This is a cartoon drawing that brings to life an in-joke shared by family members during the holidays. Erin C. from Sarasota, FL requested this drawing of two St. Bernard dogs with one wearing a red sweater. Here is what Erin asked for which explains this drawing in more detail:
“Every other year or so growing up, my family would take a road trip to North Dakota to visit my grandmother. Often times we’d “swing by” Texas to pick up my dad’s twin sister and our cousin, Kris. Cousin Kris is an only child and the only cousin within a 10-year age span of me and my two siblings, so we were all especially close. One year on our road trip, my older sister and Cousin Kris told me this “joke” to see if they could get me to laugh: “A St. Bernard was wearing a red sweater and his mom walked in and said, ‘I thought you were wearing a green sweater.’” My sister and Cousin Kris laughed hysterically as they told the “joke” and I thought, not wanting to be the little sister who didn’t get it, I better laugh too. They finally let me in that the punchline is the joke isn’t funny and the point is to see if they could get you to laugh (even though the “joke” made no sense).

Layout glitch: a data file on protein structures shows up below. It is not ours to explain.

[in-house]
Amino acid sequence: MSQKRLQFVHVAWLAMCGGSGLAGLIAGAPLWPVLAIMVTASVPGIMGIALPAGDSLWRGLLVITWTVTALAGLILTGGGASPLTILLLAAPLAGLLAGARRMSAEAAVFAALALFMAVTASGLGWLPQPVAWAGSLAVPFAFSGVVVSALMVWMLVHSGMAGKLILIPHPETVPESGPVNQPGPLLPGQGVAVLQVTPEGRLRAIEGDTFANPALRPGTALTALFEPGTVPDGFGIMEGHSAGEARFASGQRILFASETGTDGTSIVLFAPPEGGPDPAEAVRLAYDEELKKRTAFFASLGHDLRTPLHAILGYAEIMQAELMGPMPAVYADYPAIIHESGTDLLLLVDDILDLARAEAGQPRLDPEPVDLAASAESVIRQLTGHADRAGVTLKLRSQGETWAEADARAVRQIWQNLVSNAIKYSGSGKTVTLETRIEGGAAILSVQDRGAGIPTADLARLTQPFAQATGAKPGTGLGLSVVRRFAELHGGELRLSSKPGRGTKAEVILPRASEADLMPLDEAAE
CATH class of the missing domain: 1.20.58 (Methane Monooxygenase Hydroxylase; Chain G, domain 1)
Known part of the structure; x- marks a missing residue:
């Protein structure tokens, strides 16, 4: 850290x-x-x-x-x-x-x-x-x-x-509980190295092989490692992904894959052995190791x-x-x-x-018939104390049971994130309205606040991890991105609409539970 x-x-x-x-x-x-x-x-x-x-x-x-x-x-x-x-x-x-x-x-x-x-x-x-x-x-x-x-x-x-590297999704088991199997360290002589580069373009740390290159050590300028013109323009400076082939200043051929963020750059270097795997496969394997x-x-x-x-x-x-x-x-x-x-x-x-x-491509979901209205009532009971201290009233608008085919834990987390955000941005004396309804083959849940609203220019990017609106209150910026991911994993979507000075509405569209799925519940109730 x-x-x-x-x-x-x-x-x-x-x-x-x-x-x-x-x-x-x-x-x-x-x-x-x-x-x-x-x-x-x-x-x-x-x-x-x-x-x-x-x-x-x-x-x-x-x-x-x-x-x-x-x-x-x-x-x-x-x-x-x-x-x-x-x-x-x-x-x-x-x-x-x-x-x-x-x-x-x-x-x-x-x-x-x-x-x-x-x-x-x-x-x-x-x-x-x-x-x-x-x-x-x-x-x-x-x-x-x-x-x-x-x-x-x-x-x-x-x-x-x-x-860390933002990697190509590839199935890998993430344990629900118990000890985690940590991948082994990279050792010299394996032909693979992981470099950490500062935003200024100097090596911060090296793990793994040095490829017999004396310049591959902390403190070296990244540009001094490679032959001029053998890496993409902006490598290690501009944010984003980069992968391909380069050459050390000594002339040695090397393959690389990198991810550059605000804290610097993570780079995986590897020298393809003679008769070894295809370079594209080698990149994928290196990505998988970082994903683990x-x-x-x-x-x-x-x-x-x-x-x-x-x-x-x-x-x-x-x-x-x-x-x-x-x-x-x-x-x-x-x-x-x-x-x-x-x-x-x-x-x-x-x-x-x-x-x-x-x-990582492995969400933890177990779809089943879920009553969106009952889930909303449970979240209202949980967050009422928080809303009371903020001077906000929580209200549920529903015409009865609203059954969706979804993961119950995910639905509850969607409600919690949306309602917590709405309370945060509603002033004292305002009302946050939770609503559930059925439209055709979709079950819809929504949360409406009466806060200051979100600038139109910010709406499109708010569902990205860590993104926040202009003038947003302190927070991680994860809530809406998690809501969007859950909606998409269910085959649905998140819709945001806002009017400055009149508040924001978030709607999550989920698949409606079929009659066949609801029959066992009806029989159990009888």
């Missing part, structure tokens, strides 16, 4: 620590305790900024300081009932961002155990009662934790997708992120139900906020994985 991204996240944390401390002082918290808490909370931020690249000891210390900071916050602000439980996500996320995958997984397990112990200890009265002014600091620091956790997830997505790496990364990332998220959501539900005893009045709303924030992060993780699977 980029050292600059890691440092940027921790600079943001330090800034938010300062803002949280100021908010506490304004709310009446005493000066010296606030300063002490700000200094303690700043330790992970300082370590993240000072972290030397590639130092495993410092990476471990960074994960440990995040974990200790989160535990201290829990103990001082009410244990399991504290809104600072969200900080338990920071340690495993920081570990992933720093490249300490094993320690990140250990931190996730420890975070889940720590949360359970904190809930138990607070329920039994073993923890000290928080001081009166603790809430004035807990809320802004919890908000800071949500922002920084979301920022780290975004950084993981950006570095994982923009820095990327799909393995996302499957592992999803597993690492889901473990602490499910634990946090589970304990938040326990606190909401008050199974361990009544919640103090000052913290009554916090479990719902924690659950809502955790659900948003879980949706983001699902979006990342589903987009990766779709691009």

I was hooked—I’m in on the joke! I wanted to try it and we decided our parents made the perfect people to pitch. A sweet and happy man, my dad’s stone-cold response was still, “That’s not funny. I don’t get it.” We never did get him to join in on the giggles that trip, no matter how many times we repeated the red sweater/green sweater one-liner.
However, to this day, every Christmas when someone walks through the door in a red sweater, you can hear a Barker family member say, “I thought you were wearing a green sweater!” Almost 30 years later, the joke makes us all laugh until we cry. We lost our aunt, my dad’s twin, to brain cancer a few years ago and our Cousin Kris serves as a missionary in Indonesia, so we aren’t able to visit as often as we used to. The “St. Bernard Joke” is now an old inside family joke that may not fill the hearts of those around us as we try to explain it anew each year, but warms ours beyond measure and sparks a happy memory of togetherness.”